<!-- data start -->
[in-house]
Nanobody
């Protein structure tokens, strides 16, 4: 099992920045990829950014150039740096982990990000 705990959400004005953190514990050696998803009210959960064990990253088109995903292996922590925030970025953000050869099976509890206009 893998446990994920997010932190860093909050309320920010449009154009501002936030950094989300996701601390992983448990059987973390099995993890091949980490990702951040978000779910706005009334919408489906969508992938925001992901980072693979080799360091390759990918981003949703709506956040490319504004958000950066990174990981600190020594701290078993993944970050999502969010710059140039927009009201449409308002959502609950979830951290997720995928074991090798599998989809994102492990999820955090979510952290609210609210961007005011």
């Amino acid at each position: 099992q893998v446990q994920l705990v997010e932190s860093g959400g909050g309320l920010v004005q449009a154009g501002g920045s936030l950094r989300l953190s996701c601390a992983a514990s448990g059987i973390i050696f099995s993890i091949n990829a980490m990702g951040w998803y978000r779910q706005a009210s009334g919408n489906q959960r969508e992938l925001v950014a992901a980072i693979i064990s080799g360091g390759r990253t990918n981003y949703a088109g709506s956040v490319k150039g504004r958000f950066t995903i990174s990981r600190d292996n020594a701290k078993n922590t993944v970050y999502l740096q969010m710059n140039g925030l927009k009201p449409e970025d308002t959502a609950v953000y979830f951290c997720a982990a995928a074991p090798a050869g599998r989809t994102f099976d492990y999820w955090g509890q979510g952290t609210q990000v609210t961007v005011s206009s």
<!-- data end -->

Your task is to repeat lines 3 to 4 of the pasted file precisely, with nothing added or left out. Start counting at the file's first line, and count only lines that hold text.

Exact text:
């Protein structure tokens, strides 16, 4: 099992920045990829950014150039740096982990990000 705990959400004005953190514990050696998803009210959960064990990253088109995903292996922590925030970025953000050869099976509890206009 893998446990994920997010932190860093909050309320920010449009154009501002936030950094989300996701601390992983448990059987973390099995993890091949980490990702951040978000779910706005009334919408489906969508992938925001992901980072693979080799360091390759990918981003949703709506956040490319504004958000950066990174990981600190020594701290078993993944970050999502969010710059140039927009009201449409308002959502609950979830951290997720995928074991090798599998989809994102492990999820955090979510952290609210609210961007005011």
């Amino acid at each position: 099992q893998v446990q994920l705990v997010e932190s860093g959400g909050g309320l920010v004005q449009a154009g501002g920045s936030l950094r989300l953190s996701c601390a992983a514990s448990g059987i973390i050696f099995s993890i091949n990829a980490m990702g951040w998803y978000r779910q706005a009210s009334g919408n489906q959960r969508e992938l925001v950014a992901a980072i693979i064990s080799g360091g390759r990253t990918n981003y949703a088109g709506s956040v490319k150039g504004r958000f950066t995903i990174s990981r600190d292996n020594a701290k078993n922590t993944v970050y999502l740096q969010m710059n140039g925030l927009k009201p449409e970025d308002t959502a609950v953000y979830f951290c997720a982990a995928a074991p090798a050869g599998r989809t994102f099976d492990y999820w955090g509890q979510g952290t609210q990000v609210t961007v005011s206009s």